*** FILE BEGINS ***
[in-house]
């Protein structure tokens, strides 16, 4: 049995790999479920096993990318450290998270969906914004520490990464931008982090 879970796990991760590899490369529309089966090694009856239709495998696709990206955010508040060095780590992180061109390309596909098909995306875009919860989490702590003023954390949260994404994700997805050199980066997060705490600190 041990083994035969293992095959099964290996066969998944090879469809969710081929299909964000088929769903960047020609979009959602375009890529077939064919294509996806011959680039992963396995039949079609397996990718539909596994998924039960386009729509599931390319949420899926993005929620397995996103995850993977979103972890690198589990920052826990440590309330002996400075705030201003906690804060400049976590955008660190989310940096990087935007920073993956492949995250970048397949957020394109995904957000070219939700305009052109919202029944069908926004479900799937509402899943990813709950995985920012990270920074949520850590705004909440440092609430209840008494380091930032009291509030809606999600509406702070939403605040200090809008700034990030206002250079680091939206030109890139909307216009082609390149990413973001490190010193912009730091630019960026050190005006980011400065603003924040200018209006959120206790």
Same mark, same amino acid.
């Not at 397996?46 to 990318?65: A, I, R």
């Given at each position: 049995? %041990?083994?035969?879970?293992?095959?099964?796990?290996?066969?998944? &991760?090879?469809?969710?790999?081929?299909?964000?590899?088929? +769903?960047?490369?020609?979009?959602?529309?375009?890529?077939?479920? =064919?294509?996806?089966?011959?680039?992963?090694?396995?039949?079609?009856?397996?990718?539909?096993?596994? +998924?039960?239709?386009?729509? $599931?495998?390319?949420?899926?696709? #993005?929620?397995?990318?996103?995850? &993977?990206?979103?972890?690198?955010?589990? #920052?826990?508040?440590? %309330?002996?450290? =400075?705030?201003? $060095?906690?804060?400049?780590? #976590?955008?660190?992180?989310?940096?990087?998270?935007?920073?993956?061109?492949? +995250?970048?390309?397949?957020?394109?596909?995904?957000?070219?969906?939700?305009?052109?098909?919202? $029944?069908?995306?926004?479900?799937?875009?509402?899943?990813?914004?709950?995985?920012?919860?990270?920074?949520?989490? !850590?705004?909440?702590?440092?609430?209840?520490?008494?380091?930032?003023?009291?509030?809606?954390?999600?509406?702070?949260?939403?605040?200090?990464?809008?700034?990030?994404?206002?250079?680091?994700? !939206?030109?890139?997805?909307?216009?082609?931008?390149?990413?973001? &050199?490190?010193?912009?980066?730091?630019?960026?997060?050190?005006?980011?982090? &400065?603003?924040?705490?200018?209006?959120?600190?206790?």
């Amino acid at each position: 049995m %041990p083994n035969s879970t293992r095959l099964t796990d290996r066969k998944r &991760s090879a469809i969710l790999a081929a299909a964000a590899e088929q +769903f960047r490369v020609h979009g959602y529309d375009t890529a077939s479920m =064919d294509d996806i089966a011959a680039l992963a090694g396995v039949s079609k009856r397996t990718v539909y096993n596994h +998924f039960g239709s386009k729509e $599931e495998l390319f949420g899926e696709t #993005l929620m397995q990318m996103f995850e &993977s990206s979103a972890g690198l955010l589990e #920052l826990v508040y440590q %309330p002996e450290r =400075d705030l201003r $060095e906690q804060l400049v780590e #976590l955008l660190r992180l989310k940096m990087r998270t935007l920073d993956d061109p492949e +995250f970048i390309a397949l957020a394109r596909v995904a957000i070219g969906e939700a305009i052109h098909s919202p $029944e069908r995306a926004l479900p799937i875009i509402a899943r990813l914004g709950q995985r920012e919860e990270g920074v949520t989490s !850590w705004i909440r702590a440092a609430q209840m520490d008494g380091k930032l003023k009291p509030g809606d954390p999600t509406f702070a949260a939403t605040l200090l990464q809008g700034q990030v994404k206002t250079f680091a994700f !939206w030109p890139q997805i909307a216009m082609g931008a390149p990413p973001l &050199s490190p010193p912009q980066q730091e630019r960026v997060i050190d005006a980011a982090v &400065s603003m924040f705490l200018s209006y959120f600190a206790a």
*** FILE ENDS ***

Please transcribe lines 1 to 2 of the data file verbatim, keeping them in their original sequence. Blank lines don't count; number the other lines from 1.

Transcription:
[in-house]
């Protein structure tokens, strides 16, 4: 049995790999479920096993990318450290998270969906914004520490990464931008982090 879970796990991760590899490369529309089966090694009856239709495998696709990206955010508040060095780590992180061109390309596909098909995306875009919860989490702590003023954390949260994404994700997805050199980066997060705490600190 041990083994035969293992095959099964290996066969998944090879469809969710081929299909964000088929769903960047020609979009959602375009890529077939064919294509996806011959680039992963396995039949079609397996990718539909596994998924039960386009729509599931390319949420899926993005929620397995996103995850993977979103972890690198589990920052826990440590309330002996400075705030201003906690804060400049976590955008660190989310940096990087935007920073993956492949995250970048397949957020394109995904957000070219939700305009052109919202029944069908926004479900799937509402899943990813709950995985920012990270920074949520850590705004909440440092609430209840008494380091930032009291509030809606999600509406702070939403605040200090809008700034990030206002250079680091939206030109890139909307216009082609390149990413973001490190010193912009730091630019960026050190005006980011400065603003924040200018209006959120206790």